In a bizarre experiment researchers from US and Russia connected the circulatory systems of young and old mice for a whole 12 weeks, slowing the older animals' cellular aging and increasing their lifespan by as much as 10 percent.

The study expands on previous research showing there are components in young mammalian blood worth investigating for anti-aging health benefits.

As impressive as the results seem, they fall well short of supporting whole-blood transfusion treatments in humans. Putting aside the huge biological leap between mice and humans, there are numerous known and severe risks associated with such treatments for the receiver, not to mention questionable ethics of donation.

What's more, twelve mouse weeks could equate up to eight years in humans – a rather impractical length of time to be physically connected to someone in a potentially lethal manner.

"The elements that are driving this are what's important, and they are not yet known," Duke University cell biologist James White explains.

"Are they proteins or metabolites? Is it new cells that the young mouse is providing, or does the young mouse simply buffer the old, pro-aging blood?"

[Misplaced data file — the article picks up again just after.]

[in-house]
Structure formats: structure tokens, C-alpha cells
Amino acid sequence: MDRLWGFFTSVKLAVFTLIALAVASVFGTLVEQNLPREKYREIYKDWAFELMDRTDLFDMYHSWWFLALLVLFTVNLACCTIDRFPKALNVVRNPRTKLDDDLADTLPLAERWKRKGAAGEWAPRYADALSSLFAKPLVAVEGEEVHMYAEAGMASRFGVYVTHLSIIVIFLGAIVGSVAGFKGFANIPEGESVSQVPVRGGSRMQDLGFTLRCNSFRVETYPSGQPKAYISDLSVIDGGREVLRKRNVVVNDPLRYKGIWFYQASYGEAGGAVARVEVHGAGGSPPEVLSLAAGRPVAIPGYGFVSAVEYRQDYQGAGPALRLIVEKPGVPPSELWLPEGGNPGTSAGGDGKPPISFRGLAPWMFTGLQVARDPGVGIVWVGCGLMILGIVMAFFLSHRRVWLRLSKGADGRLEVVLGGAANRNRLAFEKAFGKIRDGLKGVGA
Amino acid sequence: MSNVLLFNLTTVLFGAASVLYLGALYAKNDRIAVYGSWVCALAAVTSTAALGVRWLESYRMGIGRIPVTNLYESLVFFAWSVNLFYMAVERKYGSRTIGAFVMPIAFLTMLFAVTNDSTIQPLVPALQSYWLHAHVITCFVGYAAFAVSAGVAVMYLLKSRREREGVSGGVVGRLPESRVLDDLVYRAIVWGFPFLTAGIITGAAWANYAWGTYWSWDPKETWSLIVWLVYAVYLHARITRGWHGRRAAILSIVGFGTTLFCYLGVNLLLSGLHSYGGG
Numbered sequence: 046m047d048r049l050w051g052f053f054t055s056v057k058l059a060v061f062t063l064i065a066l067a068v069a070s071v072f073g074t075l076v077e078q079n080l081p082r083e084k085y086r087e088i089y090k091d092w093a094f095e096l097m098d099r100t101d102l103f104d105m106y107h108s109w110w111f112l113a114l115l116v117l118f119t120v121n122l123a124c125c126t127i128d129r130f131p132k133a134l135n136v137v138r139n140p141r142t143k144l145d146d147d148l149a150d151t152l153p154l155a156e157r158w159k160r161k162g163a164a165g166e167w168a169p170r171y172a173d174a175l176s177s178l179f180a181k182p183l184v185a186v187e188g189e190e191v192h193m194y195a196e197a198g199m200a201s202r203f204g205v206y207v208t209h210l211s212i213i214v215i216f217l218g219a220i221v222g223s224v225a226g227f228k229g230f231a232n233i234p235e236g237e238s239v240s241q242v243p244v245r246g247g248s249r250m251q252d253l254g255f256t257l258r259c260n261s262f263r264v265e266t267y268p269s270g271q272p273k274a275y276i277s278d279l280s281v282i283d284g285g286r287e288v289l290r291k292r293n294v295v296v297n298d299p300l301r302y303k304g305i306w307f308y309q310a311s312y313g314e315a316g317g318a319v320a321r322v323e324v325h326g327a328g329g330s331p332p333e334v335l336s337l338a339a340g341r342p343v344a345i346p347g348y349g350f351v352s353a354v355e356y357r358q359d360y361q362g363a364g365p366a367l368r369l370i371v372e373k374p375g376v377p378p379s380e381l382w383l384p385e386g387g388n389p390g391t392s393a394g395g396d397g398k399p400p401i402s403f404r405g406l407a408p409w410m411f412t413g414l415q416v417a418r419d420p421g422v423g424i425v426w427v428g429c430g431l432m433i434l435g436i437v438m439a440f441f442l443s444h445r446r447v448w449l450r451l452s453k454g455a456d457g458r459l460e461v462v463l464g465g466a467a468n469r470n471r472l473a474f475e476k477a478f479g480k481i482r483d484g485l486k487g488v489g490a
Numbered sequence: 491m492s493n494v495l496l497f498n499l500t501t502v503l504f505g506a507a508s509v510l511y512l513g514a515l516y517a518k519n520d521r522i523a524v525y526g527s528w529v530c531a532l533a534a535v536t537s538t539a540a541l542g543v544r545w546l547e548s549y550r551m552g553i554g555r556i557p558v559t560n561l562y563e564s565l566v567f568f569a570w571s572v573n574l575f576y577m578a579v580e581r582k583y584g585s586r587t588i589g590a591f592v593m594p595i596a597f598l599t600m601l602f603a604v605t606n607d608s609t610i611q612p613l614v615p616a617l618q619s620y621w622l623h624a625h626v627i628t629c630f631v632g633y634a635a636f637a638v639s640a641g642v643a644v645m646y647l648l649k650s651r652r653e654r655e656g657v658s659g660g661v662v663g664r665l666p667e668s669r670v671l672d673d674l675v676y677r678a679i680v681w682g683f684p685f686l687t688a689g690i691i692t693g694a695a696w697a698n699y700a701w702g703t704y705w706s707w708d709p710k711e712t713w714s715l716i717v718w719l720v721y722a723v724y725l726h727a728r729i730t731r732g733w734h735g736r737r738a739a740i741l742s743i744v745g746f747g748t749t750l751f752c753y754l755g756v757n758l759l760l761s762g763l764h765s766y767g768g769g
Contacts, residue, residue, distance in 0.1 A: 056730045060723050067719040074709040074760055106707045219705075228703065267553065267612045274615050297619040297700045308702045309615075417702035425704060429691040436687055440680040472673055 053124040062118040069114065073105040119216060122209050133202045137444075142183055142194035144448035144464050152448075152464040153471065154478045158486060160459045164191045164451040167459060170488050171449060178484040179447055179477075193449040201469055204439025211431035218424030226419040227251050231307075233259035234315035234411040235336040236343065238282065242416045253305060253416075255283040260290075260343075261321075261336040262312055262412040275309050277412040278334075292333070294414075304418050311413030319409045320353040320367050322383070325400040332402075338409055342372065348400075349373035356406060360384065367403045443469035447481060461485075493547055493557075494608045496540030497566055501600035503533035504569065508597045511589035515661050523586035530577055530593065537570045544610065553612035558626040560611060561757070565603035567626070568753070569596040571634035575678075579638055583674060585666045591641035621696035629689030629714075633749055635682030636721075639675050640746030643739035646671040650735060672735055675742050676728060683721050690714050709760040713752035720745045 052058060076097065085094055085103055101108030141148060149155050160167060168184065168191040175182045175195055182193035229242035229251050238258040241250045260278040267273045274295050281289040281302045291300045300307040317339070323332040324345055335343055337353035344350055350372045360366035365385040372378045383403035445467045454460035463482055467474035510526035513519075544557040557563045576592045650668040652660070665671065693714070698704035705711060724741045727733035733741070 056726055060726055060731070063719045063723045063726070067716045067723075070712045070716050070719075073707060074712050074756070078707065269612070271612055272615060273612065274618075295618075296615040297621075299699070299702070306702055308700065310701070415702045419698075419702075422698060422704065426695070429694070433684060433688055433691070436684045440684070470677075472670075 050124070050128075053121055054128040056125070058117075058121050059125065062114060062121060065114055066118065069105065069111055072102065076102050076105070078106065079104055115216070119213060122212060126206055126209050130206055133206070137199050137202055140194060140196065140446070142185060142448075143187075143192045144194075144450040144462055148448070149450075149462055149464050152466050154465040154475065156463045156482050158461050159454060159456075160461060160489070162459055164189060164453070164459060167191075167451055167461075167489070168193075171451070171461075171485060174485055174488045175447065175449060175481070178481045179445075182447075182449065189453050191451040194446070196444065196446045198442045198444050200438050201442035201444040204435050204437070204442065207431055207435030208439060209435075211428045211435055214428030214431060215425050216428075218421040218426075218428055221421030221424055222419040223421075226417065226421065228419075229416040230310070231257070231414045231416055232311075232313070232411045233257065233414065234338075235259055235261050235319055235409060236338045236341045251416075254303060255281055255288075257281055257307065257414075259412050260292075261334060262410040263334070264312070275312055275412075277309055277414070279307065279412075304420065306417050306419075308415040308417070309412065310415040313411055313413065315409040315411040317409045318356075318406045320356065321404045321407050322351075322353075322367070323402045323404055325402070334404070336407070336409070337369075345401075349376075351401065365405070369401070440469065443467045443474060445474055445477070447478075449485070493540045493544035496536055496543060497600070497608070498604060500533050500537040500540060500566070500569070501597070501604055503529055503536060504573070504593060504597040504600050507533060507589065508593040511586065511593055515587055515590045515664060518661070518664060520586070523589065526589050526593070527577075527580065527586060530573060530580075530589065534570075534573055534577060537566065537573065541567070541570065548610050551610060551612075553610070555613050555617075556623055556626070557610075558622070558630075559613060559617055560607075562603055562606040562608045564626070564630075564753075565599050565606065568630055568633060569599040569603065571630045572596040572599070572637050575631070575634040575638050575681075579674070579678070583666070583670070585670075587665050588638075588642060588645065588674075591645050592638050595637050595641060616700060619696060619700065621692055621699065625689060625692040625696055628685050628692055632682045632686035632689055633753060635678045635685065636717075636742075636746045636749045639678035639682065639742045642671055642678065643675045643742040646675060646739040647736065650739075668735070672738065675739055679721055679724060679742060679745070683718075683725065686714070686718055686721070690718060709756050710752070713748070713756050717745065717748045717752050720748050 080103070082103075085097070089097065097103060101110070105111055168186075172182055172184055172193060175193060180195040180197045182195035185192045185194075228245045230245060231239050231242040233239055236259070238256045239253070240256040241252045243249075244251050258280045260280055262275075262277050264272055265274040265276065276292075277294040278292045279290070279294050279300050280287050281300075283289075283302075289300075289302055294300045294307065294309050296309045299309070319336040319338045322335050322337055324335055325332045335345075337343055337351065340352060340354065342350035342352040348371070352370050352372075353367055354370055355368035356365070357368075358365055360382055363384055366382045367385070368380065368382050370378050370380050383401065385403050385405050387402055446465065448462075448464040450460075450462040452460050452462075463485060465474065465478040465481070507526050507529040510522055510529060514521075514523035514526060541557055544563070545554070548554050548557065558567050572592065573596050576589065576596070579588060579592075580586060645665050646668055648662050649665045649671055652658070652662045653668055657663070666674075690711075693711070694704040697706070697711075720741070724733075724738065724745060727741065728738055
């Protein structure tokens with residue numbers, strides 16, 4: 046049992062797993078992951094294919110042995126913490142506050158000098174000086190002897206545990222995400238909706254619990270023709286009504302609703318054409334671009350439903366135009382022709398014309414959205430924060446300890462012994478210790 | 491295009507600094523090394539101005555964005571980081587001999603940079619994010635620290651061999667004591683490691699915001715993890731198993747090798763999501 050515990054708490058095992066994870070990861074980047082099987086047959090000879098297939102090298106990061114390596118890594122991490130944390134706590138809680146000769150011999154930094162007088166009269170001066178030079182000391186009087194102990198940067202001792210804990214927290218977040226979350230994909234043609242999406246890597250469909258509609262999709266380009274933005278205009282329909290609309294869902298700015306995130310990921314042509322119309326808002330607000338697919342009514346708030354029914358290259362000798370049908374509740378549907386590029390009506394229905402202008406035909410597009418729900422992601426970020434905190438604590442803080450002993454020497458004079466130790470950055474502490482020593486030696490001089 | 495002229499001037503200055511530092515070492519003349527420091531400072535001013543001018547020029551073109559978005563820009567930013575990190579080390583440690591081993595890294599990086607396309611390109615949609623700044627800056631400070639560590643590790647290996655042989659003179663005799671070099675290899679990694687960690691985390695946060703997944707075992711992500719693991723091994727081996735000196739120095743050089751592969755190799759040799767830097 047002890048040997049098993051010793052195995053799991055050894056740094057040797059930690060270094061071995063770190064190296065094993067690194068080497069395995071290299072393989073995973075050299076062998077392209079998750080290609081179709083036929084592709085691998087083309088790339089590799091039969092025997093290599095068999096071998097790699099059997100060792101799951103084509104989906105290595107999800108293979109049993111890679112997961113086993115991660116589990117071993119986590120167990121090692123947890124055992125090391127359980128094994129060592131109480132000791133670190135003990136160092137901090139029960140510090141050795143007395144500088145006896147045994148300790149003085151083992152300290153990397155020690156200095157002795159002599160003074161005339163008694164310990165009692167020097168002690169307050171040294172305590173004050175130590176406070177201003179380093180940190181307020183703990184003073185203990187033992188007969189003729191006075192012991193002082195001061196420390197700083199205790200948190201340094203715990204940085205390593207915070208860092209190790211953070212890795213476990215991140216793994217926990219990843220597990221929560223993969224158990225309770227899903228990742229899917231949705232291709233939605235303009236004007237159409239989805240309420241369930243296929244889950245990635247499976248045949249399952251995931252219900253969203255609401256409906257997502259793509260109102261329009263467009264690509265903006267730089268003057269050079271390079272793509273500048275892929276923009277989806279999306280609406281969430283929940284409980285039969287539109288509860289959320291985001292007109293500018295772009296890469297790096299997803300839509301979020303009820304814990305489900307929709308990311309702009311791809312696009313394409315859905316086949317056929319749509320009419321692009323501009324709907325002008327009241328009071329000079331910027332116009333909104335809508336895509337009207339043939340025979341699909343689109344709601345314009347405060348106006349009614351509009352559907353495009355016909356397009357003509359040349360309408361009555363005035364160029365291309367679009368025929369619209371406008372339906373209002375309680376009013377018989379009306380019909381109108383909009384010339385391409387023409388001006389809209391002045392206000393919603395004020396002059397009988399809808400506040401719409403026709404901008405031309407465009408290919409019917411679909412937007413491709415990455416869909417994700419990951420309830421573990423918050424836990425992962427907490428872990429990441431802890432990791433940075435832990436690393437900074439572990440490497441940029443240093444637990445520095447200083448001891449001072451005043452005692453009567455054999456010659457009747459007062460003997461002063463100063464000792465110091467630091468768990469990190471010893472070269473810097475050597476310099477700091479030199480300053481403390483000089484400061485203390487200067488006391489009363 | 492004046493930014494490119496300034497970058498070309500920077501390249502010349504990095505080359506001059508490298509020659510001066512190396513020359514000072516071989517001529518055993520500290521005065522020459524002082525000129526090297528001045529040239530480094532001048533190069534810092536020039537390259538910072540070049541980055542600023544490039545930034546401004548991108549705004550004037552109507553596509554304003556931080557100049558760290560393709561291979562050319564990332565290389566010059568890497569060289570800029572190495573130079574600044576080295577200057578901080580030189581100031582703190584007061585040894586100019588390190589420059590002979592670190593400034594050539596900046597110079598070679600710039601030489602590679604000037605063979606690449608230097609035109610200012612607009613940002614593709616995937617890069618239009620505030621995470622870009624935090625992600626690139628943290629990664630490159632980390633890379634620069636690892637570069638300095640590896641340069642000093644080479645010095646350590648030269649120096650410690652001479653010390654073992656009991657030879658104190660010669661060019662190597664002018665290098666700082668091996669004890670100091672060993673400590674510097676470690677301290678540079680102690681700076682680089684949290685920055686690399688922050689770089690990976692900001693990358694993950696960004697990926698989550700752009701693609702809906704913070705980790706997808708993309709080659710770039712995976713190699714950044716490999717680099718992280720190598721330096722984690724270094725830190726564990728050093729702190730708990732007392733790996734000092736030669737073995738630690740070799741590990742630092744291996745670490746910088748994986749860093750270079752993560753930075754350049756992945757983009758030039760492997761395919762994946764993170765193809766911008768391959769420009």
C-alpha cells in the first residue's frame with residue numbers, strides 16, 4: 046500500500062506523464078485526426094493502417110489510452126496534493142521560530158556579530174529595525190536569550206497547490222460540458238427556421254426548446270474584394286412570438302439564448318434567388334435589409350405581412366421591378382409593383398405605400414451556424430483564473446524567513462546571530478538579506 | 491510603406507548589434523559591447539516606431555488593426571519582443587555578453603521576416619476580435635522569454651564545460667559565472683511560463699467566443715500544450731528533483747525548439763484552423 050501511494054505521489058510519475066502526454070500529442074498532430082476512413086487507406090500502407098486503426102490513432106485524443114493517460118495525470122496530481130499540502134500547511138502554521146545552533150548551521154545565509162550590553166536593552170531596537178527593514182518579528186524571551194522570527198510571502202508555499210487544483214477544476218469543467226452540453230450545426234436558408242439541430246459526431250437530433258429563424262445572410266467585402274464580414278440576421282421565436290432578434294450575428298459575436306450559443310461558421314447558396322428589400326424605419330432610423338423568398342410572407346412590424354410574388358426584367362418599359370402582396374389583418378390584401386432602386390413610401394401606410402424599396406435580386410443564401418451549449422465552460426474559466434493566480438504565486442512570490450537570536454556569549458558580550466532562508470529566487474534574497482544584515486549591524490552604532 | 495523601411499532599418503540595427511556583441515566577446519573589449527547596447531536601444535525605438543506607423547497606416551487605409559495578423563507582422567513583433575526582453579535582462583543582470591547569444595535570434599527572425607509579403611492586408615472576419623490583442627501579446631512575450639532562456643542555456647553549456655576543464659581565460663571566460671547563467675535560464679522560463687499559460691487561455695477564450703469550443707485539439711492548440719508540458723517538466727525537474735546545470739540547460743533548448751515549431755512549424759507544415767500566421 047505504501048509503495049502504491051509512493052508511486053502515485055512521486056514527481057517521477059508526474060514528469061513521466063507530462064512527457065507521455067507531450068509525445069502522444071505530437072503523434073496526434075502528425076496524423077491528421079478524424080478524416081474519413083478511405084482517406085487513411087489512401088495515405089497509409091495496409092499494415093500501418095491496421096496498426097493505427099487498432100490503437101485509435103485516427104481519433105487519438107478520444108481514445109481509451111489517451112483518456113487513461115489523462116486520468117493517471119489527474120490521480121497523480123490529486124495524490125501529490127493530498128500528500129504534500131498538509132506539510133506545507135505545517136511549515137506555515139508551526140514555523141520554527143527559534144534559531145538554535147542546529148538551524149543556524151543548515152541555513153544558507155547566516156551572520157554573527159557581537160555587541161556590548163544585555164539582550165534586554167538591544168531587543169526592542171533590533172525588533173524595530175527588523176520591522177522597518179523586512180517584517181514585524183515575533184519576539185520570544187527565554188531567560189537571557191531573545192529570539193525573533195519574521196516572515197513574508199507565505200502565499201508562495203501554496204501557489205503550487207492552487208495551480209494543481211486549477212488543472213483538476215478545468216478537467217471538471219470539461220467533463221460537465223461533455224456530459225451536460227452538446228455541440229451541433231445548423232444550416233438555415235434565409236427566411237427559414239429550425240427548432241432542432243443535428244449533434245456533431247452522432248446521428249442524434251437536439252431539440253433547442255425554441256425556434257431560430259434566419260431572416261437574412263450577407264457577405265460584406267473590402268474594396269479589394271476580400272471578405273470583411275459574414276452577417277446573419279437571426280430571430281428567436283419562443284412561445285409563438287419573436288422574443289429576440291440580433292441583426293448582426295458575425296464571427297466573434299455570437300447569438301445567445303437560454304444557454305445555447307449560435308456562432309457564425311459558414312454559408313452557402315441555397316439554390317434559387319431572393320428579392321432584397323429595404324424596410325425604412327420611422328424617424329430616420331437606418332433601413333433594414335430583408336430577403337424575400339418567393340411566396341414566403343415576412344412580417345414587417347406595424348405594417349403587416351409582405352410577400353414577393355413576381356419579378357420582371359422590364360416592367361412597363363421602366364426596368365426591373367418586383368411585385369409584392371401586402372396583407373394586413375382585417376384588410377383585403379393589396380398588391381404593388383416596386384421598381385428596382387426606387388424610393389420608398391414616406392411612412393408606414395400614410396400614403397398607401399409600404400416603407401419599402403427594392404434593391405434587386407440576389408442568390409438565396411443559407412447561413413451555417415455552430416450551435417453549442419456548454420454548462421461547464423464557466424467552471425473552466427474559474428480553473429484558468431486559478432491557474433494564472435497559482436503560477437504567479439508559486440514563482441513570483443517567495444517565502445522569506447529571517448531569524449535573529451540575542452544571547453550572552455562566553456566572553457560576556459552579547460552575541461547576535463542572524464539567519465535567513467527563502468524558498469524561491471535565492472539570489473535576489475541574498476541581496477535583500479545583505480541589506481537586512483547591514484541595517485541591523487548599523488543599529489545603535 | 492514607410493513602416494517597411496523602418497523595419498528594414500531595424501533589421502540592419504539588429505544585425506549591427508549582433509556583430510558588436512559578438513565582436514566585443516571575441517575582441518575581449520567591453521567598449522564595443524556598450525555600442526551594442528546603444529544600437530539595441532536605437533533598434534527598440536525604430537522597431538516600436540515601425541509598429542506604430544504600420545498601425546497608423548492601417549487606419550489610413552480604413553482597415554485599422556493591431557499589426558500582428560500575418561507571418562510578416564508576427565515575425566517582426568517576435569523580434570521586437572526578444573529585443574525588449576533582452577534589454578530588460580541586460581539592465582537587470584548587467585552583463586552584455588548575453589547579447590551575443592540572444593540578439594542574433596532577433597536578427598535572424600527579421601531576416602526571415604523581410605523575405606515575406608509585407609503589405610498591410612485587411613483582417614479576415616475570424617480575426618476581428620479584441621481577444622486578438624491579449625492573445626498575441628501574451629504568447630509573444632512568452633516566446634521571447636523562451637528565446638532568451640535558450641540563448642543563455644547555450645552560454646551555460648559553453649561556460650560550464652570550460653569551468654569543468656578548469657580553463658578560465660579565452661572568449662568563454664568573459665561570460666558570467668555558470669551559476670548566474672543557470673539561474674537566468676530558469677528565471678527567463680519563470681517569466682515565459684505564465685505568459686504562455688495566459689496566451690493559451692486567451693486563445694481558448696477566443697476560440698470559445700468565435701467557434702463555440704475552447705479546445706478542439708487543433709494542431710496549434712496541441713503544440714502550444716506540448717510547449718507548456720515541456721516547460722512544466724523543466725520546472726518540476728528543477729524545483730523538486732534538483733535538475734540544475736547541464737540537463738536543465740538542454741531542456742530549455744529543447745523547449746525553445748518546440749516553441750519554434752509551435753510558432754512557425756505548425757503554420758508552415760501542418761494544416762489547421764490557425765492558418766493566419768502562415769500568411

To find out, Harvard University geneticist Bohan Zhang and colleagues joined the circulatory systems of pairs of young mice (3 months old), pairs of old mice (two years), and pairs consisting of an old mouse and a young mouse and compared the results.

Tests revealed the older mice who received the young blood had higher concentrations of regulatory compounds such as tricarboxylic acid, evidence of chemical processes that are usually interrupted by aging, increased production of mitochondria 'powerhouses', reduced inflammation, and greater expression of genes associated with longer life.

"This effect correlates with a longer life span, improved physiological parameters and a globally rejuvenated" genetic regulatory and cell protein systems the team explain in their paper, confirming three month blood circulation link was far more effective than previously studied short-term blood sharing (five weeks).

While Zhang and colleague's study was being peer reviewed another study was also published using similar techniques that sadly revealed bad news for the young donor mice. They suffered a decrease in their lifespan as a result of the procedure.

This means the researchers can't rule out that an exchange of entire cells themselves cause the changes, for example, by replacing and diluting the amount of old damaged cells, which the donor animal then must deal with.

But Zhang and team could not find any evidence that the younger types of cells linger anywhere, such as within the bone marrow, even though the positive impacts did remain.

The researchers are keen to find the cardiovascular components behind these incredible benefits.

This research was published in Nature Aging.